Myths and beliefs about natural disasters and the efficacy of international relief efforts
Natural disasters and conflicts are the focal point for humanitarian action. These events, which often receive extensive media coverage, are frequently misrepresented in terms of their effects, causes and the ability of international relief workers to aid the victims. This collection of studies attempts to deconstruct these myths.
Following an article co-written by members of the Swiss and Canadian sections of MSF, Fabrice Weissman presents a critical analysis of the arguments put forward by his colleagues. An analysis that could be useful to the entire movement, and to the humanitarian community as a whole.
To mark Editions MFSH’s publication of Les coulisses du monde des catastrophes « naturelles », on 14 November 2018, CERI (Centre de recherches internationales Sciences Po - CNRS) presented a discussion with its author, Sandrine Revet, CERI anthropologist and co-founder of the Association pour la Recherche sur les Catastrophes et les Risques en Anthropologie (ARCRA), and Rony Brauman. CRASH recommends this book to anyone with an interest in natural disasters and international relations.
In a report titled "A Dangerous Delay", Oxfam and Save the Children rebuke everyone - governments, humanitarian organisations, the United Nations - who participated in the humanitarian response to the food crisis that struck the Horn of Africa in recent months.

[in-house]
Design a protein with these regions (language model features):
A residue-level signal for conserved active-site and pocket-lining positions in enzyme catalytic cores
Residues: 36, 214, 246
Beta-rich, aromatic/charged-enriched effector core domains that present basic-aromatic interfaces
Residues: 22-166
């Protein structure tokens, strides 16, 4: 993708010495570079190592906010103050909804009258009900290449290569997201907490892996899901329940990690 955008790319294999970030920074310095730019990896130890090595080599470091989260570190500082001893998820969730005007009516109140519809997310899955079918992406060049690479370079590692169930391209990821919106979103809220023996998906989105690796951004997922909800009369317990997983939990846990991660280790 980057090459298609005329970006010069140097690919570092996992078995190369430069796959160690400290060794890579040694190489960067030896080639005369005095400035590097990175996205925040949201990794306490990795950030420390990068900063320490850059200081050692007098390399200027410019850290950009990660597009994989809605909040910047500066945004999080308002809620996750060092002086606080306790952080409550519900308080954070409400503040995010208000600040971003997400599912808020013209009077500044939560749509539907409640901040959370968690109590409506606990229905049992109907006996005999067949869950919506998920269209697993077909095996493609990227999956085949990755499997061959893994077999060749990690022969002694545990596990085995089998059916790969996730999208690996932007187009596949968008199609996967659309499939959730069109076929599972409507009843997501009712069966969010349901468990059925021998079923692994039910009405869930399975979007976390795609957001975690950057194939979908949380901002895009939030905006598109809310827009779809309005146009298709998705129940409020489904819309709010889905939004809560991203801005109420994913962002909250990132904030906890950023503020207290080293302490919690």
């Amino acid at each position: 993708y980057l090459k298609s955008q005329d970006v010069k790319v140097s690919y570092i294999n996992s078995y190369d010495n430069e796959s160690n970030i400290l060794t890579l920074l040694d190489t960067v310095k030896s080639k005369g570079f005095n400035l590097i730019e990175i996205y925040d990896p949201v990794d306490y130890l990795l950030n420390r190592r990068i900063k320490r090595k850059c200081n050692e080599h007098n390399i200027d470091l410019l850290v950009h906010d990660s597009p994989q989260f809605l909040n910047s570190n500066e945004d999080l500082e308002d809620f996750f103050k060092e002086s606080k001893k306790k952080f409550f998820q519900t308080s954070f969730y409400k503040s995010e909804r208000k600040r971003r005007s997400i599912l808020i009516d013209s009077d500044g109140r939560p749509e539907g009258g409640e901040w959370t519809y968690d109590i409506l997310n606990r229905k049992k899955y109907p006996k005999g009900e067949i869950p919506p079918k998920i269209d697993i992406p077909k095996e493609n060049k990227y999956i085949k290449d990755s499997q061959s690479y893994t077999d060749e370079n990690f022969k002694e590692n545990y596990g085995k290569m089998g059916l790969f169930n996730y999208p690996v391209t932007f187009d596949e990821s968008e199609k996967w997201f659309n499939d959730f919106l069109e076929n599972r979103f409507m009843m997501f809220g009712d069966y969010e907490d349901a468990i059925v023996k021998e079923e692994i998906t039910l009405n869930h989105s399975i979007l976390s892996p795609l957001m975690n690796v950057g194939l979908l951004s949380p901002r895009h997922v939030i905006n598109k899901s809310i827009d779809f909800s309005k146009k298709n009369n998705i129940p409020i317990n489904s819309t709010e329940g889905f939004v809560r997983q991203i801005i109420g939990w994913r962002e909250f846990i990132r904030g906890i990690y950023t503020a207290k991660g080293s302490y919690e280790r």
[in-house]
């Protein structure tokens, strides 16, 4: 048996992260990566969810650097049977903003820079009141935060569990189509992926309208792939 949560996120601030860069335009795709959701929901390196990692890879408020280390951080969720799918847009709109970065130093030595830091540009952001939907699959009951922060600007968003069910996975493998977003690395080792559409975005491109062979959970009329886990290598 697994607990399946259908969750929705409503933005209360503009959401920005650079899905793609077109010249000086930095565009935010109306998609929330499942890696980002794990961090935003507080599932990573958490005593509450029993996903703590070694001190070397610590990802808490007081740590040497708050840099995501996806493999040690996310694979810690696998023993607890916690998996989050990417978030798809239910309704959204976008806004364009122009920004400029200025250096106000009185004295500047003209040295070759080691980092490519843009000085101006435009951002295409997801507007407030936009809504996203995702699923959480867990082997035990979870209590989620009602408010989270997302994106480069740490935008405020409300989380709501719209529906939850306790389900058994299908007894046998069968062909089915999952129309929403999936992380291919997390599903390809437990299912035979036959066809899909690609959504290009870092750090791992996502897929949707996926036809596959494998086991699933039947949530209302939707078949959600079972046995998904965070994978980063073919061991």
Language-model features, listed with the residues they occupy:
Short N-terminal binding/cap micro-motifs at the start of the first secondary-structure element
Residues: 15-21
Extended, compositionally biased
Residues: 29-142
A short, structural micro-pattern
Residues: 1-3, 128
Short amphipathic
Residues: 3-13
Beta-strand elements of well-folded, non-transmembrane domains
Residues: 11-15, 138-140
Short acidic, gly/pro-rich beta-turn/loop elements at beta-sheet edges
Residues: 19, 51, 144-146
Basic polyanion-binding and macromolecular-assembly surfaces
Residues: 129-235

For the past several months, news about food shortages and famines affecting large segments of the East African population have been fueling donation appeals from major public and private aid organizations.
The United Nations announces a famine and that 12.4 million people are threatened by drought in the Horn of Africa. Radio and television repeatedly broadcast an appeal for donations to UNICEF, brandishing disturbing figures.
One year after the earthquake in Port-au-Prince, a number of observers and actors are questioning the international aid : reconstruction is at a standstill, homeless people are still facing the same situation and the deadly cholera epidemic reminds us that international aid has not helped to improve the very poor sanitation system.
Emotions generated by the brutal and murderous character of a natural disaster are not calmed by the feeling that the victims bear a certain responsibility for the origins of the drama.